Khangas and Kofia
"A woman can't be happy until she has a thousand khangas." —Kenyan proverb
Kenyans have over a hundred uses for khangas (also spelled “kanga”), a popular type of brightly designed cotton cloth. Khangas appeared in East Africa in the mid-nineteenth century and have evolved continuously in both design and use, ranging from clothing to birdcage covers to gift wrap.
Characterized by a central design surrounded by a border of symbolic patterns and punctuated with Kiswahili phrases, khangas ultimately become well-used family heirlooms and keepsakes.
Another prominent article of dress throughout East Africa, especially in Kenya’s coastal region, is the kofia. Simply meaning “hat” in Kiswahili, these cylindrical caps are embroidered by hand with floral and geometric patterns. Muslim men wear kofia as part of everyday dress, and they are required to wear them during prayer. According to African Dress: Fashion, Agency, Performance (Bloomsbury 2013), Lamu artisans are known throughout the country for creating the best quality and most beautiful kofia.
Ahmed Mohamed Nongodha was born in 1955 and is a Bajun native from the town of Faza on Pate Island. During his early years at the madrassa in Faza, he became interested in making the hand-embroidered Islamic hat known as kofia. Currently, Ahmed lives and works on Lamu Island as the lead ticket clerk for the National Museums of Kenya – Lamu Museums.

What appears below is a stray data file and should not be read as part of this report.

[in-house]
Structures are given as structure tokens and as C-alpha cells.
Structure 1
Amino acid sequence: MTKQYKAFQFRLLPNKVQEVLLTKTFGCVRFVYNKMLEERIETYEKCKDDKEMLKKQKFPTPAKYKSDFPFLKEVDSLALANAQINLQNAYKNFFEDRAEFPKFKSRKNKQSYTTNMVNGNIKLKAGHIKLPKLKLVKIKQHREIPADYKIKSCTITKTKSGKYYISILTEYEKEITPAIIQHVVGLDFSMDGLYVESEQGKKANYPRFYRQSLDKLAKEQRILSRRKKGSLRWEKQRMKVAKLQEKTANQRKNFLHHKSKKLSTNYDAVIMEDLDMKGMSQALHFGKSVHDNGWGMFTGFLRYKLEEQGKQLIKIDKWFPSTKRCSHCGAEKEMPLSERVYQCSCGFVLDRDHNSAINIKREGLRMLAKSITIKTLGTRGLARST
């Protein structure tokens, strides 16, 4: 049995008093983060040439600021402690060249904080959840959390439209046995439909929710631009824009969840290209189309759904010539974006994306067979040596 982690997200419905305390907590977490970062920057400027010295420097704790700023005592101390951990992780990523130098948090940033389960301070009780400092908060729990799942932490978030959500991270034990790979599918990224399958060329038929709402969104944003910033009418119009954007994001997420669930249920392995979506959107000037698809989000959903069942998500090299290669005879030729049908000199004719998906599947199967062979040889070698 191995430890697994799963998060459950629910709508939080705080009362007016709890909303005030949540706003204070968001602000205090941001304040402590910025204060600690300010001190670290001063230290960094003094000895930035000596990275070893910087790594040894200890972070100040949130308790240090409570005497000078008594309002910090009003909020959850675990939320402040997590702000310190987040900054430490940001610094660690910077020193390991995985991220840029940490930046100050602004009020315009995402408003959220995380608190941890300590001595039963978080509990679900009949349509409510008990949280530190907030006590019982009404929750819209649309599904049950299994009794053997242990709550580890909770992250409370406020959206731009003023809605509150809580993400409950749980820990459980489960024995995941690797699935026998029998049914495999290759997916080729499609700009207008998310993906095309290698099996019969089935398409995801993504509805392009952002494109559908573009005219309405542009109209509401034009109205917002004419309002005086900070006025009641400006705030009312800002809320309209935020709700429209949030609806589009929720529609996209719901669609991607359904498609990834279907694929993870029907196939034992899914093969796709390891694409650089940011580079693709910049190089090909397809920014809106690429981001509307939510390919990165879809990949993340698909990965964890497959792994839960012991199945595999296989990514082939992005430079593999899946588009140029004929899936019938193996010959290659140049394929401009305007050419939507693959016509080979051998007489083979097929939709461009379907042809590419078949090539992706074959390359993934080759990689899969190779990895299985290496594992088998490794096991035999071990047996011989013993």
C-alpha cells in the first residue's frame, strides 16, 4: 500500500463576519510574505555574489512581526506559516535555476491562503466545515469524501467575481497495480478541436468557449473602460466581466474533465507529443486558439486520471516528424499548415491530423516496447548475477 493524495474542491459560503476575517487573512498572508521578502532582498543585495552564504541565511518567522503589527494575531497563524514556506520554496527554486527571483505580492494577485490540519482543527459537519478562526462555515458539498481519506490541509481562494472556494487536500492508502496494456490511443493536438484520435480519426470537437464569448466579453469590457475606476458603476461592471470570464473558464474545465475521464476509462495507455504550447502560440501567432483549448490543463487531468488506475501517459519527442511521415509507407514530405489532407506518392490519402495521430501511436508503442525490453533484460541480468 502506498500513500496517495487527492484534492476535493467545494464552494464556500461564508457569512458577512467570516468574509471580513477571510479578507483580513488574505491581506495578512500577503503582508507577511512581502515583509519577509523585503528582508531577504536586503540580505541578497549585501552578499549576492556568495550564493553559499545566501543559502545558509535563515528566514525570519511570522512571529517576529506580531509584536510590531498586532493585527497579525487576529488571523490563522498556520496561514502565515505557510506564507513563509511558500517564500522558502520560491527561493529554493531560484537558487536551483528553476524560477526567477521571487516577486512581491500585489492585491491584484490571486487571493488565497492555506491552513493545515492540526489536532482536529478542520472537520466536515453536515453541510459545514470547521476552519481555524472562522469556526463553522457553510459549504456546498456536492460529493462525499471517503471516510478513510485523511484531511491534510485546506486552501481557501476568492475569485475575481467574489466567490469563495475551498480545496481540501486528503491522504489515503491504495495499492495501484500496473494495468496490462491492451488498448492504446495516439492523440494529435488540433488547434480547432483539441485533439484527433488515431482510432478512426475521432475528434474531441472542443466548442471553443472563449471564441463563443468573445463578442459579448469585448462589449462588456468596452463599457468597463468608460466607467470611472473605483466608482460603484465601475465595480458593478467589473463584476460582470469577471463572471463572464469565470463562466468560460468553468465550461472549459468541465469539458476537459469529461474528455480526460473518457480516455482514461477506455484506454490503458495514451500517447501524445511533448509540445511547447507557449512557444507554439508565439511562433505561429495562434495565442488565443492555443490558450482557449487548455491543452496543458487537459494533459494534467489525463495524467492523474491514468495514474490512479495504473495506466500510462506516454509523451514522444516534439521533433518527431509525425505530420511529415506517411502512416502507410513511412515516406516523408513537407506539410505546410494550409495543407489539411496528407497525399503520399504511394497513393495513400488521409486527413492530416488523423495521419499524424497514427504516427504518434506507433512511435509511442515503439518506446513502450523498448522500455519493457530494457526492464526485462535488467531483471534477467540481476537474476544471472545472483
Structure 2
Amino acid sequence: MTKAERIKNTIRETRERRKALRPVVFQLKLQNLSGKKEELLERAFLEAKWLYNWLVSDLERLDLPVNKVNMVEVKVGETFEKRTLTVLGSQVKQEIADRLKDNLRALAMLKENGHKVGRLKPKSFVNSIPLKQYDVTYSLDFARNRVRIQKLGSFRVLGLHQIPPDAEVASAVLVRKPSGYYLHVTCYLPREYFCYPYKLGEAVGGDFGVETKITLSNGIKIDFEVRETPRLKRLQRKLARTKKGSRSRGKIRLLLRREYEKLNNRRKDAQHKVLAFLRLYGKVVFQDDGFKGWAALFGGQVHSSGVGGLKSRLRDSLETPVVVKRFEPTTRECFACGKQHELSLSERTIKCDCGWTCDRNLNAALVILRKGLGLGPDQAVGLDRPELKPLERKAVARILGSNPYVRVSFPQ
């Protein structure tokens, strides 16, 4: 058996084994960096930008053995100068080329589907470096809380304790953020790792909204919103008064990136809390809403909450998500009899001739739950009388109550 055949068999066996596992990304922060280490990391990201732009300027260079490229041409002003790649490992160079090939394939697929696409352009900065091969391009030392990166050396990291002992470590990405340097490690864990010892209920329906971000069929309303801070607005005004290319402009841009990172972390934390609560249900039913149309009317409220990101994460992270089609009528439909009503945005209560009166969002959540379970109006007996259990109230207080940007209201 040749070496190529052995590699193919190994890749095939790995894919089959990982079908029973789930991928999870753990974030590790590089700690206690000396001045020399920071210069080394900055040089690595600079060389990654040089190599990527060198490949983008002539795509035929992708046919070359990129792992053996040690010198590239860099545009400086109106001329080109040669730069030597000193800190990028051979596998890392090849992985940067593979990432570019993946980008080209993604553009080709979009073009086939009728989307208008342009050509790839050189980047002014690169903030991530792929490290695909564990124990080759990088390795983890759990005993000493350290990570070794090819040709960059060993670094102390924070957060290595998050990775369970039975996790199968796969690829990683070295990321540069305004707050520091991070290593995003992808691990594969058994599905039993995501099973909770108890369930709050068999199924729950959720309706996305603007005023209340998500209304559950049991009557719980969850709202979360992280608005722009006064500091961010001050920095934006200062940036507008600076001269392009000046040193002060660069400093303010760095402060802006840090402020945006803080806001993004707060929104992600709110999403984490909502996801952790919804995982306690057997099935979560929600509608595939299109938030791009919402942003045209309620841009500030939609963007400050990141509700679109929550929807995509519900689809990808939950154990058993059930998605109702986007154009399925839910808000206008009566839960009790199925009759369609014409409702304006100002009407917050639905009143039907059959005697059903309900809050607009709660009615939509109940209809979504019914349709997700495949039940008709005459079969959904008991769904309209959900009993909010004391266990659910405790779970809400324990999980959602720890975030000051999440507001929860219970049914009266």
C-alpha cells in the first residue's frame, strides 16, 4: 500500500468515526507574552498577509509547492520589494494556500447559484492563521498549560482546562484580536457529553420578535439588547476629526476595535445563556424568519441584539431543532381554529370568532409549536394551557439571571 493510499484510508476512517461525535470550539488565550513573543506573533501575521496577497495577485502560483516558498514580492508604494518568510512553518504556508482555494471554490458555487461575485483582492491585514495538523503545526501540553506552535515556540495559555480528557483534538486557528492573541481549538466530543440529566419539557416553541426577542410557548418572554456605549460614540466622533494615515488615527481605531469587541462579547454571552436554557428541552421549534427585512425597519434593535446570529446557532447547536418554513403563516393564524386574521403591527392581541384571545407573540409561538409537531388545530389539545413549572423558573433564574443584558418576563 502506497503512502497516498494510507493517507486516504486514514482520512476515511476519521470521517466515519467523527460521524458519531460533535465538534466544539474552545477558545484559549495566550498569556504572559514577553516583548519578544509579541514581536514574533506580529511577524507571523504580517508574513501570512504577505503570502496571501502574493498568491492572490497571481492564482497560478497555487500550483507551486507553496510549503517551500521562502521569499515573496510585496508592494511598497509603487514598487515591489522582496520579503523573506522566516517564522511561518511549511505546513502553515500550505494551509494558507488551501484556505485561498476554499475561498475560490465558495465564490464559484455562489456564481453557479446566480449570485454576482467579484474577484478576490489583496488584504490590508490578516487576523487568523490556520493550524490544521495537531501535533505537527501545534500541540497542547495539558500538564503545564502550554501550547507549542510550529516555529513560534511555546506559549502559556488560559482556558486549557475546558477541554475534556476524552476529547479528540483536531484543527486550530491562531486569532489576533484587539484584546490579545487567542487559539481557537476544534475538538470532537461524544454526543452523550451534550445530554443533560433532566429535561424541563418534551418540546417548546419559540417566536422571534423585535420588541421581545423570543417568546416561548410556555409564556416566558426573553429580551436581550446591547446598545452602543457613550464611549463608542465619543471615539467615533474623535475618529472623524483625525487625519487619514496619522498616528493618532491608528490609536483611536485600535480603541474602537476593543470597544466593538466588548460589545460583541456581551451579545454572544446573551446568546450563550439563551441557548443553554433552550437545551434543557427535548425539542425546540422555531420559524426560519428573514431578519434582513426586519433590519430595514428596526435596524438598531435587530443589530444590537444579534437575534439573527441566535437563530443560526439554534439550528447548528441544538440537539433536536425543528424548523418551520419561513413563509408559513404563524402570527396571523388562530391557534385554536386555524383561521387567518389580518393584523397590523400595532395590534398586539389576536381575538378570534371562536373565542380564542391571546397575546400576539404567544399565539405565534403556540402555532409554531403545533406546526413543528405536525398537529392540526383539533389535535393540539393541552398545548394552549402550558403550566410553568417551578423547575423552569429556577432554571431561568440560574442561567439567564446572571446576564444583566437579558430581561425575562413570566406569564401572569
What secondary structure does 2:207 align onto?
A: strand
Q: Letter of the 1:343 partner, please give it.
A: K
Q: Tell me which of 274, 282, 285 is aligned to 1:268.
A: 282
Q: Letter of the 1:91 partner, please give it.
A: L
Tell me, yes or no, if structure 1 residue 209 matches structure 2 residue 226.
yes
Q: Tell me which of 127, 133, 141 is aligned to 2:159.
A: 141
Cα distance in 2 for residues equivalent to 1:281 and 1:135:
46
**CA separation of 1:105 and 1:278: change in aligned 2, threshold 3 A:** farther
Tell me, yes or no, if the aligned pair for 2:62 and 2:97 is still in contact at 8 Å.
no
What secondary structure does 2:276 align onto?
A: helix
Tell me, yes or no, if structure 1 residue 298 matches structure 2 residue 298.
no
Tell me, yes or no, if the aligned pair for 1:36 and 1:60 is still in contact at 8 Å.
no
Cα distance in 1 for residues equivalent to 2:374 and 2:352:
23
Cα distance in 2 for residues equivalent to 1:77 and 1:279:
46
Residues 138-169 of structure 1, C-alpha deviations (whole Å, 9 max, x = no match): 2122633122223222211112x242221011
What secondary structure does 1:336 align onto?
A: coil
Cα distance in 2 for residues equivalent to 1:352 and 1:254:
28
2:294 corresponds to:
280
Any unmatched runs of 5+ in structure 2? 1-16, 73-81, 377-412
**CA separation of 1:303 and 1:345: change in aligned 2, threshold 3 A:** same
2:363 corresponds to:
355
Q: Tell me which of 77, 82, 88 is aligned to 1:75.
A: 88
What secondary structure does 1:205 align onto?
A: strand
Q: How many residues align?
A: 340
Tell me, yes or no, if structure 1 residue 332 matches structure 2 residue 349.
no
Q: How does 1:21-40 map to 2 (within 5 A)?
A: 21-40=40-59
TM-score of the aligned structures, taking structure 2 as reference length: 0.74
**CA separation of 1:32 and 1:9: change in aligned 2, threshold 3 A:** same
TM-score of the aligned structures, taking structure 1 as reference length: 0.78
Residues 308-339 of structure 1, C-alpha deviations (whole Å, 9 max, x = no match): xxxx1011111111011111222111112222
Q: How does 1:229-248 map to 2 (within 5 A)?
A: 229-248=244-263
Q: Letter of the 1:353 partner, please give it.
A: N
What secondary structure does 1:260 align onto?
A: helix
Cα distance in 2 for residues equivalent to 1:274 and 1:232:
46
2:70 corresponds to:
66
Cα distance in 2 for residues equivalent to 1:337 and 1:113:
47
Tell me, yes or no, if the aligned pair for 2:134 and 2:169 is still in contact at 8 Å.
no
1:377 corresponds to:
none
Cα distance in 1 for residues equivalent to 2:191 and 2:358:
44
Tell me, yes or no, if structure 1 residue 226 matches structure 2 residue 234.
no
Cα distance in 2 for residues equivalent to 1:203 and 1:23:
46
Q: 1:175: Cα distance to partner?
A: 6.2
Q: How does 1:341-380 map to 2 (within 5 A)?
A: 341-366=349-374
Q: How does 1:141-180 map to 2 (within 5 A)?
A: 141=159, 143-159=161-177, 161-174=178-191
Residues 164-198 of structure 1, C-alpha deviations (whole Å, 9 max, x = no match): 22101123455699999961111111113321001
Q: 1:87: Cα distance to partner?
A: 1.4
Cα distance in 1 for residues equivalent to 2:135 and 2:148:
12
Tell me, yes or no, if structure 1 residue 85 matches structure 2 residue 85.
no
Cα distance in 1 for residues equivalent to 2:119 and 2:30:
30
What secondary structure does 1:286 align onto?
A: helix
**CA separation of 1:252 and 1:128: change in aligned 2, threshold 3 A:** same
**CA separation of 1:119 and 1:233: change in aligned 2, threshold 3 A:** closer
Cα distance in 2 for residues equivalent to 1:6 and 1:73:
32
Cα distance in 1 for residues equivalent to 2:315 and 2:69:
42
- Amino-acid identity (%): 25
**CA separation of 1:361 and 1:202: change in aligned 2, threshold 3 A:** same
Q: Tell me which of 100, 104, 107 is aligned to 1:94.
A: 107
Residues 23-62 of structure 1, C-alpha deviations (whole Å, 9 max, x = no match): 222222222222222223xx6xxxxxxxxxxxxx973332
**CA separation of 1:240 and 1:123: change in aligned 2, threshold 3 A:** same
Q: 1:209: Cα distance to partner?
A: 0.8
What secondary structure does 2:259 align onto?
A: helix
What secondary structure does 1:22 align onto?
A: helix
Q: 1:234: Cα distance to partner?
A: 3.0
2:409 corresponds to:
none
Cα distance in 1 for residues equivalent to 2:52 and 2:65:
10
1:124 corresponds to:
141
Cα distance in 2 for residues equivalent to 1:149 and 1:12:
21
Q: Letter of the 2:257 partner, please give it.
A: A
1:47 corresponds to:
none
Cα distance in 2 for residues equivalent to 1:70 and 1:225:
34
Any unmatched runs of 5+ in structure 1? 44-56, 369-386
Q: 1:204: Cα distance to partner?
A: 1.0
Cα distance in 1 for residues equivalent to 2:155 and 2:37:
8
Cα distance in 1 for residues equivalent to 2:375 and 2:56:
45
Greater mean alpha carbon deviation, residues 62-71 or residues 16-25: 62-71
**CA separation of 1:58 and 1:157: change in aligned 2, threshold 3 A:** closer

Abdulhamid Muneeb Kaderdina was born in Kenya as a descendent of a lineage of Kaderdinas who have been involved in the khanga trade in East Africa since 1843. For his entire life, he has been involved in khanga design, production, and marketing at his family’s business, Kaderdina Hajee Essak Ltd., which has operated in the same building on Biashara Street in Mombasa for over a century.
Mohamed Hussein Abdulkader Kaderdina is a member of the Kaderdina khanga legacy. He is currently the director of the family company. While he now uses a computer in the design process, he is also fluent in the older methods of khanga design, which are done by hand. His khangas are notable for their bright colors, bold designs, and meaningful symbols that appear on the wide border, or pindo in Kiswahili.